Well, for one, I’m not planning to help build or maintain a society.

I...see. Well, actually I don't. Do you live in a hovel in the woods, cut off from societal supports altogether?

I’m planning on taking care of myself and my family. That’s my focus. Also, my focus is not on some anonymous person’s happiness or welfare.

Generally speaking, I think it's safe to say this is also the focus of most people living in Western societies. I don't see how this is incompatible with neighbourly concern, though. It's entirely possible to care about oneself and ones' family first and foremost while also caring about ones' neighbours.

Perhaps the import of the issue has to do with what assumptions are loaded into the term ‘concern’. What is concern? What does it do? Suppose I’m concerned for the happiness for my neighbor. Now what? Am I supposed to do something different now? Am I supposed to redirect my focus from my own life? Why? I won’t.

In the context of how I used the term, I think a reasonably charitable interlocutor can understand exactly what I mean. If everyone cares nothing at all for their neighbours, how is any manner of joint endeavour feasible?

December 06, 2013 6:48 PM  
Blogger Unknown said...

For one, my neighbors do not procure my medicine and electricity for me. People produce things and want to sell them in the marketplace. If I want those things, I go to those who are producing them and want to sell them. Those who are producing and selling goods are not doing it for my sake. They’re doing it for their own sake. They don’t give these things away for free. They want something in return for them. It’s called trade: my best effort for your best effort. There’s certainly no obligation on anyone’s part to participate.

A marketplace is a joint endeavour that requires some level of mutual goodwill from its participants to function. If anything, modern-day marketplaces rely on a tremendous amount of co-operation and presumptive goodwill. What's more, the need to trade with others in order to procure the goods you need demonstrates the falsity of your contention that no-one other than yourself is needed to look after your own well-being. At least if you plan to have medicine and electricity; I am quite willing to concede that you could go without medical care or modern conveniences if you wanted to.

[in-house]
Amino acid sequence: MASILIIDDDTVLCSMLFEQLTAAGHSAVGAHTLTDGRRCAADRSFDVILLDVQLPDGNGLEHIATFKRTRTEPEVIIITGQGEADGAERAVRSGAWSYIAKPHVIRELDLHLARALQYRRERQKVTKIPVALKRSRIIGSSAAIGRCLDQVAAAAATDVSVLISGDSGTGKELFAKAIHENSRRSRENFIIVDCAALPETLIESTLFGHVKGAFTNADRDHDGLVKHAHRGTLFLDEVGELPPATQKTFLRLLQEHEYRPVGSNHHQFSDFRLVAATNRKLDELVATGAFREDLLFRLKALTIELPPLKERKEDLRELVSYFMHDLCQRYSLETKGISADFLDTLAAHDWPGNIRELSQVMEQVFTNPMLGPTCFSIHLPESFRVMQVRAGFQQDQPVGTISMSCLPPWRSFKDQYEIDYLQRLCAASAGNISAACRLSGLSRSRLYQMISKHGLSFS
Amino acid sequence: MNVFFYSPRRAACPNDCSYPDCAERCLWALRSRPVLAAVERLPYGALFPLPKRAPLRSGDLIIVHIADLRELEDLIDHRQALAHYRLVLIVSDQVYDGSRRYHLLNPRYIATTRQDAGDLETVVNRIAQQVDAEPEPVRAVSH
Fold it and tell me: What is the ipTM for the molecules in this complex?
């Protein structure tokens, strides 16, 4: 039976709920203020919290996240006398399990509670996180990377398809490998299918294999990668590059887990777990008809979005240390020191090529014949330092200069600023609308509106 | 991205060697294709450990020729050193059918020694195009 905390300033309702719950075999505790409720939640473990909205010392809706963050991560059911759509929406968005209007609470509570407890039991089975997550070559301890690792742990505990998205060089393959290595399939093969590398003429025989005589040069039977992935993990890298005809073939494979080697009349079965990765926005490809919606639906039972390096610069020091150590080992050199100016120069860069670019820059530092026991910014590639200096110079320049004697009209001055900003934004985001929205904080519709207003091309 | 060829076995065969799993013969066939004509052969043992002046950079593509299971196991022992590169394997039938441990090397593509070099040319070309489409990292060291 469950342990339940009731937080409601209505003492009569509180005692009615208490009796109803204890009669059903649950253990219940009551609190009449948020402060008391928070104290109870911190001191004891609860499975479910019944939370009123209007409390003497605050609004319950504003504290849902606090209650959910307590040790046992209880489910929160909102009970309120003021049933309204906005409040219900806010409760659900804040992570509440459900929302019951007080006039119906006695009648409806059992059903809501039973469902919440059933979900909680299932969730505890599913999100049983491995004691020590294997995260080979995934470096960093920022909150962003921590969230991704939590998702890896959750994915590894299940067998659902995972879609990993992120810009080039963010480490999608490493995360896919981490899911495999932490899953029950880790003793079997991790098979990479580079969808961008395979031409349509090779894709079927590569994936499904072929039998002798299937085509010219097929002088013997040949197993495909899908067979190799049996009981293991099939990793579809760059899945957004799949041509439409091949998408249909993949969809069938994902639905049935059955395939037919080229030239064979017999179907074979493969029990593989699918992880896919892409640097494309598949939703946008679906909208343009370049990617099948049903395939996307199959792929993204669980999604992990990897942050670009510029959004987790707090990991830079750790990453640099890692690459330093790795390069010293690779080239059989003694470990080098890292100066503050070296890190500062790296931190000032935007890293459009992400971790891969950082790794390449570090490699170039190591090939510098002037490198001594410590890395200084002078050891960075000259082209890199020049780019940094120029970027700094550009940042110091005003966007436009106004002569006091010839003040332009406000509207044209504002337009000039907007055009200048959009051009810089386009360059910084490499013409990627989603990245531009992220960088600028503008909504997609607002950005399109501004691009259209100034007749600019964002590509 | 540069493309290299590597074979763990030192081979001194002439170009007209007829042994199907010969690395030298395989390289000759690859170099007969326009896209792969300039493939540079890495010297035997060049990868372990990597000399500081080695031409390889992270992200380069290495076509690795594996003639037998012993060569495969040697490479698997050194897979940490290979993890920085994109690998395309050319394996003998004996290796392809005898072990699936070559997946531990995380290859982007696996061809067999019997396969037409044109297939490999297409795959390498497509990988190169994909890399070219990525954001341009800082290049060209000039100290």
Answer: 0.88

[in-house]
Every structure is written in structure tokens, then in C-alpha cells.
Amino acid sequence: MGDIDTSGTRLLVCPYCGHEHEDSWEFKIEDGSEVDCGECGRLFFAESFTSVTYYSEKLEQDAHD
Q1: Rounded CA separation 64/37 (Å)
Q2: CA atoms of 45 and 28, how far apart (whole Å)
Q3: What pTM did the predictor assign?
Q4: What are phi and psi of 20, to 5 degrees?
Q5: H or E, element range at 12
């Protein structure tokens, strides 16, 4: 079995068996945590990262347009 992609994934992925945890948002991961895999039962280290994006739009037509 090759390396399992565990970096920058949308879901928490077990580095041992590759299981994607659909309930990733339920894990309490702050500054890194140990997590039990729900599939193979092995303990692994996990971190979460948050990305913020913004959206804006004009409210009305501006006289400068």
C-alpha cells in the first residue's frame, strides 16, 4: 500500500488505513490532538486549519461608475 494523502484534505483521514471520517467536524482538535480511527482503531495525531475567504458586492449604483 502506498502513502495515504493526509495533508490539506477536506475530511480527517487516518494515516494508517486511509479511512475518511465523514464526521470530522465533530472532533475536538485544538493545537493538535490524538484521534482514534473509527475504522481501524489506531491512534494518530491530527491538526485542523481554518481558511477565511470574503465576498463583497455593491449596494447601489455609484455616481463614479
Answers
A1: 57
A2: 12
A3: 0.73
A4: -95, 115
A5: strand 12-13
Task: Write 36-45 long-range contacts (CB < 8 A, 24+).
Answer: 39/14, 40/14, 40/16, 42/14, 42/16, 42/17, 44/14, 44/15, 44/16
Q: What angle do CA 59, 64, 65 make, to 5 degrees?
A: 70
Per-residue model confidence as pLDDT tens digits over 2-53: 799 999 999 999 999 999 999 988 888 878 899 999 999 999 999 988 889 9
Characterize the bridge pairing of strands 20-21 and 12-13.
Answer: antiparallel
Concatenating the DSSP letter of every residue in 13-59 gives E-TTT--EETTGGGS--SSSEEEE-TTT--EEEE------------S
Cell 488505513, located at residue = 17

Since so much now is publicly subsidized, it’s a safe bet that we all have utilized services that are publicly subsidized, whether it is schooling, libraries, police departments, etc. But this is possible only by means of force, not by benevolence.

Many, if not most people who participate in society in this way understand public goods to be part of the social contract, so I'm afraid you are mistaken. These are at least somewhat possible due to benevolence, rather than "only" force.

Like me, my neighbors have been forced to part with a portion of their earned wealth to finance things designated by bureaucrats as beneficial for “the public good.”

Taxes, by their nature, are not "your wealth". The wealth you generate in a given society would never have been generated in the first place if not for a sizable quantity of publically-maintained goods; taxes are meant to be the fee you pay for services rendered. Refusal to pay taxes while continuing to allow society to protect and serve you in various ways would be theft.

My neighbors did not fund these things voluntarily any more than I have.

Living in a society is itself a choice that you make. I have chosen to live in a society where it has been democratically decided that my taxes pay for various things; I can opt out at any time by emigrating somewhere with a less burdensome, or even non-existent, tax regime.

They did not do this because they were concerned for my welfare – they had no choice in the matter.

Speaking for myself and many others, I absolutely am happy to pay for public goods, particularly ones that I know will effectively help my neighbours, and I absolutely did vote for candidates who pledged to support them. I could also leave, like I say above, so it's not factually accurate that I have no choice in the matter.

Anyway, I think you need to give some of this a little deeper thought.

Likewise, but is that really necessary to point out?

Kind regards;
Crom

December 06, 2013 6:48 PM  
Blogger Bahnsen Burner said...

Crom,

I considered writing up a full response to your every point, but I don’t think that would be beneficial to the discussion at this time. I want to constrain the discussion to the fundamental issue so far as I see it – namely the notion that one should be “concerned” for his neighbor’s happiness, welfare, suffering, etc. I think it is imperative to get a clear understanding of what this is supposed to mean, for it seems that much of the disagreement here hinges on its meaning.

I wrote: “Perhaps the import of the issue has to do with what assumptions are loaded into the term ‘concern’. What is concern? What does it do? Suppose I’m concerned for the happiness for my neighbor. Now what? Am I supposed to do something different now? Am I supposed to redirect my focus from my own life? Why? I won’t.”